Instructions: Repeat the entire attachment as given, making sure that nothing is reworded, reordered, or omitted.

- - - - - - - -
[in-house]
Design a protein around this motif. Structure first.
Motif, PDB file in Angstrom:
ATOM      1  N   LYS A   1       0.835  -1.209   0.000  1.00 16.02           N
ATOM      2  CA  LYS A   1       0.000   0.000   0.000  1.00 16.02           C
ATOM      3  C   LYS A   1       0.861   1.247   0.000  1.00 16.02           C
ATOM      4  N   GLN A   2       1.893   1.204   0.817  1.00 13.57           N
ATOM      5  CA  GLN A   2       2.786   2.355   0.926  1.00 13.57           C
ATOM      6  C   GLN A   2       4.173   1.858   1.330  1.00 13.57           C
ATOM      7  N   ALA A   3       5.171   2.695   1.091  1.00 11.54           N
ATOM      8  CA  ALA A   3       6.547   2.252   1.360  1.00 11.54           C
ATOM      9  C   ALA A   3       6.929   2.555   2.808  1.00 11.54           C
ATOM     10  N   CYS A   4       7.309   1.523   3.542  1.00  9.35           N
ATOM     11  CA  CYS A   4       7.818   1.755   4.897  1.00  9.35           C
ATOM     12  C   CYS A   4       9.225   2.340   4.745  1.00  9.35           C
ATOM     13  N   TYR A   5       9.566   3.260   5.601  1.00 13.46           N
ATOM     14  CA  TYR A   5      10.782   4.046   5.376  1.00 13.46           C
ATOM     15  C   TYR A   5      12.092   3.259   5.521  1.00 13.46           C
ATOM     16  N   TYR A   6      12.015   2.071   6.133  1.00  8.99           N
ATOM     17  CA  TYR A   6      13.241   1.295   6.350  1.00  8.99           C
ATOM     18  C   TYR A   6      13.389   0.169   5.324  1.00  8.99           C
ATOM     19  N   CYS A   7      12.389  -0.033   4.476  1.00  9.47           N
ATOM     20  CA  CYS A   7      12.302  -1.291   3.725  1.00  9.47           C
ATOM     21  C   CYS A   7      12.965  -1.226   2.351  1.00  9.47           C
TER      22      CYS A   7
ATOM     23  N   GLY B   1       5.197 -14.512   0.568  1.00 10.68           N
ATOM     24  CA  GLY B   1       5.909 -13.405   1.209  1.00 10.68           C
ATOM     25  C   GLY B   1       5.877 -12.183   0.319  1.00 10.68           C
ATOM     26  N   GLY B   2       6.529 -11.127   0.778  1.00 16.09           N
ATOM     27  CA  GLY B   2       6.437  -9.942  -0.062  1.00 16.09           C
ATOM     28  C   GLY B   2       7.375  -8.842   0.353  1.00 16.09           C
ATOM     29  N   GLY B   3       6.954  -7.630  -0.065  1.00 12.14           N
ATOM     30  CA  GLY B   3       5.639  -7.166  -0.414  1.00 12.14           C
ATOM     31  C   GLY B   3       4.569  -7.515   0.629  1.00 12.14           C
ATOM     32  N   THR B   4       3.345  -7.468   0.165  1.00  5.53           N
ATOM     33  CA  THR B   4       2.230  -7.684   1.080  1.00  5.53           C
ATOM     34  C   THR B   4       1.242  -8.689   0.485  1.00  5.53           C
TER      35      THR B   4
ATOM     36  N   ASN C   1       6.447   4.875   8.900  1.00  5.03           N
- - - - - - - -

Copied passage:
[in-house]
Design a protein around this motif. Structure first.
Motif, PDB file in Angstrom:
ATOM      1  N   LYS A   1       0.835  -1.209   0.000  1.00 16.02           N
ATOM      2  CA  LYS A   1       0.000   0.000   0.000  1.00 16.02           C
ATOM      3  C   LYS A   1       0.861   1.247   0.000  1.00 16.02           C
ATOM      4  N   GLN A   2       1.893   1.204   0.817  1.00 13.57           N
ATOM      5  CA  GLN A   2       2.786   2.355   0.926  1.00 13.57           C
ATOM      6  C   GLN A   2       4.173   1.858   1.330  1.00 13.57           C
ATOM      7  N   ALA A   3       5.171   2.695   1.091  1.00 11.54           N
ATOM      8  CA  ALA A   3       6.547   2.252   1.360  1.00 11.54           C
ATOM      9  C   ALA A   3       6.929   2.555   2.808  1.00 11.54           C
ATOM     10  N   CYS A   4       7.309   1.523   3.542  1.00  9.35           N
ATOM     11  CA  CYS A   4       7.818   1.755   4.897  1.00  9.35           C
ATOM     12  C   CYS A   4       9.225   2.340   4.745  1.00  9.35           C
ATOM     13  N   TYR A   5       9.566   3.260   5.601  1.00 13.46           N
ATOM     14  CA  TYR A   5      10.782   4.046   5.376  1.00 13.46           C
ATOM     15  C   TYR A   5      12.092   3.259   5.521  1.00 13.46           C
ATOM     16  N   TYR A   6      12.015   2.071   6.133  1.00  8.99           N
ATOM     17  CA  TYR A   6      13.241   1.295   6.350  1.00  8.99           C
ATOM     18  C   TYR A   6      13.389   0.169   5.324  1.00  8.99           C
ATOM     19  N   CYS A   7      12.389  -0.033   4.476  1.00  9.47           N
ATOM     20  CA  CYS A   7      12.302  -1.291   3.725  1.00  9.47           C
ATOM     21  C   CYS A   7      12.965  -1.226   2.351  1.00  9.47           C
TER      22      CYS A   7
ATOM     23  N   GLY B   1       5.197 -14.512   0.568  1.00 10.68           N
ATOM     24  CA  GLY B   1       5.909 -13.405   1.209  1.00 10.68           C
ATOM     25  C   GLY B   1       5.877 -12.183   0.319  1.00 10.68           C
ATOM     26  N   GLY B   2       6.529 -11.127   0.778  1.00 16.09           N
ATOM     27  CA  GLY B   2       6.437  -9.942  -0.062  1.00 16.09           C
ATOM     28  C   GLY B   2       7.375  -8.842   0.353  1.00 16.09           C
ATOM     29  N   GLY B   3       6.954  -7.630  -0.065  1.00 12.14           N
ATOM     30  CA  GLY B   3       5.639  -7.166  -0.414  1.00 12.14           C
ATOM     31  C   GLY B   3       4.569  -7.515   0.629  1.00 12.14           C
ATOM     32  N   THR B   4       3.345  -7.468   0.165  1.00  5.53           N
ATOM     33  CA  THR B   4       2.230  -7.684   1.080  1.00  5.53           C
ATOM     34  C   THR B   4       1.242  -8.689   0.485  1.00  5.53           C
TER      35      THR B   4
ATOM     36  N   ASN C   1       6.447   4.875   8.900  1.00  5.03           N